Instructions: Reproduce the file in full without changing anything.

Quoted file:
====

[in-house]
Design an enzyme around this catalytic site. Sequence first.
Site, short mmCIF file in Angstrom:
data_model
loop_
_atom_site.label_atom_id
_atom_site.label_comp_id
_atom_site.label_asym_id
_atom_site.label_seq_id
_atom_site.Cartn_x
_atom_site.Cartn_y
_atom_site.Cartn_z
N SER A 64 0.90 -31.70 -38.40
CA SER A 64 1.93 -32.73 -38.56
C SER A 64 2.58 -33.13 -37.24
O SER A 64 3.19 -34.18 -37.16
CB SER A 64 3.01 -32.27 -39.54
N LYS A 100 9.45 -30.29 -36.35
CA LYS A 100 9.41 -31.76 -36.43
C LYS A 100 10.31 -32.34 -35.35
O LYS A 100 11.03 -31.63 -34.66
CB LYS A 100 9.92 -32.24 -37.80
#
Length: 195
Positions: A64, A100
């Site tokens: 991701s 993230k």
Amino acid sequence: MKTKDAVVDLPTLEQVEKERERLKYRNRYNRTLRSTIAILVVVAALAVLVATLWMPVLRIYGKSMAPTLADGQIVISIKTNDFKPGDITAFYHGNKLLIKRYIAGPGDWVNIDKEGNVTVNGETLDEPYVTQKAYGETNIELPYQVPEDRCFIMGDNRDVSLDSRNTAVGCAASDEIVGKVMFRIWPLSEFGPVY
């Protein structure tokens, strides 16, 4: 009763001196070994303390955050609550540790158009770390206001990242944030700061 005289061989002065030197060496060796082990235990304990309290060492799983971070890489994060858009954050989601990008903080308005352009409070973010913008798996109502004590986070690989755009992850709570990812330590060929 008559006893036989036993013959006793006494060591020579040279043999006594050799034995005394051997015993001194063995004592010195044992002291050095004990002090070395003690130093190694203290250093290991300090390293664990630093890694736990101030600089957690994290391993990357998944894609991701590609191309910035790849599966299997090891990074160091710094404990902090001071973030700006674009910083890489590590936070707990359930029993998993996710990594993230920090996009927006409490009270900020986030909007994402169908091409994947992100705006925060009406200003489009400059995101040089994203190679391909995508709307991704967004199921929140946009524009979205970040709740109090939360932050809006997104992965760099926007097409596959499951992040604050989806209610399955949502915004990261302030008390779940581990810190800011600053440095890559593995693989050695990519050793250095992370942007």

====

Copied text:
[in-house]
Design an enzyme around this catalytic site. Sequence first.
Site, short mmCIF file in Angstrom:
data_model
loop_
_atom_site.label_atom_id
_atom_site.label_comp_id
_atom_site.label_asym_id
_atom_site.label_seq_id
_atom_site.Cartn_x
_atom_site.Cartn_y
_atom_site.Cartn_z
N SER A 64 0.90 -31.70 -38.40
CA SER A 64 1.93 -32.73 -38.56
C SER A 64 2.58 -33.13 -37.24
O SER A 64 3.19 -34.18 -37.16
CB SER A 64 3.01 -32.27 -39.54
N LYS A 100 9.45 -30.29 -36.35
CA LYS A 100 9.41 -31.76 -36.43
C LYS A 100 10.31 -32.34 -35.35
O LYS A 100 11.03 -31.63 -34.66
CB LYS A 100 9.92 -32.24 -37.80
#
Length: 195
Positions: A64, A100
């Site tokens: 991701s 993230k």
Amino acid sequence: MKTKDAVVDLPTLEQVEKERERLKYRNRYNRTLRSTIAILVVVAALAVLVATLWMPVLRIYGKSMAPTLADGQIVISIKTNDFKPGDITAFYHGNKLLIKRYIAGPGDWVNIDKEGNVTVNGETLDEPYVTQKAYGETNIELPYQVPEDRCFIMGDNRDVSLDSRNTAVGCAASDEIVGKVMFRIWPLSEFGPVY
């Protein structure tokens, strides 16, 4: 009763001196070994303390955050609550540790158009770390206001990242944030700061 005289061989002065030197060496060796082990235990304990309290060492799983971070890489994060858009954050989601990008903080308005352009409070973010913008798996109502004590986070690989755009992850709570990812330590060929 008559006893036989036993013959006793006494060591020579040279043999006594050799034995005394051997015993001194063995004592010195044992002291050095004990002090070395003690130093190694203290250093290991300090390293664990630093890694736990101030600089957690994290391993990357998944894609991701590609191309910035790849599966299997090891990074160091710094404990902090001071973030700006674009910083890489590590936070707990359930029993998993996710990594993230920090996009927006409490009270900020986030909007994402169908091409994947992100705006925060009406200003489009400059995101040089994203190679391909995508709307991704967004199921929140946009524009979205970040709740109090939360932050809006997104992965760099926007097409596959499951992040604050989806209610399955949502915004990261302030008390779940581990810190800011600053440095890559593995693989050695990519050793250095992370942007």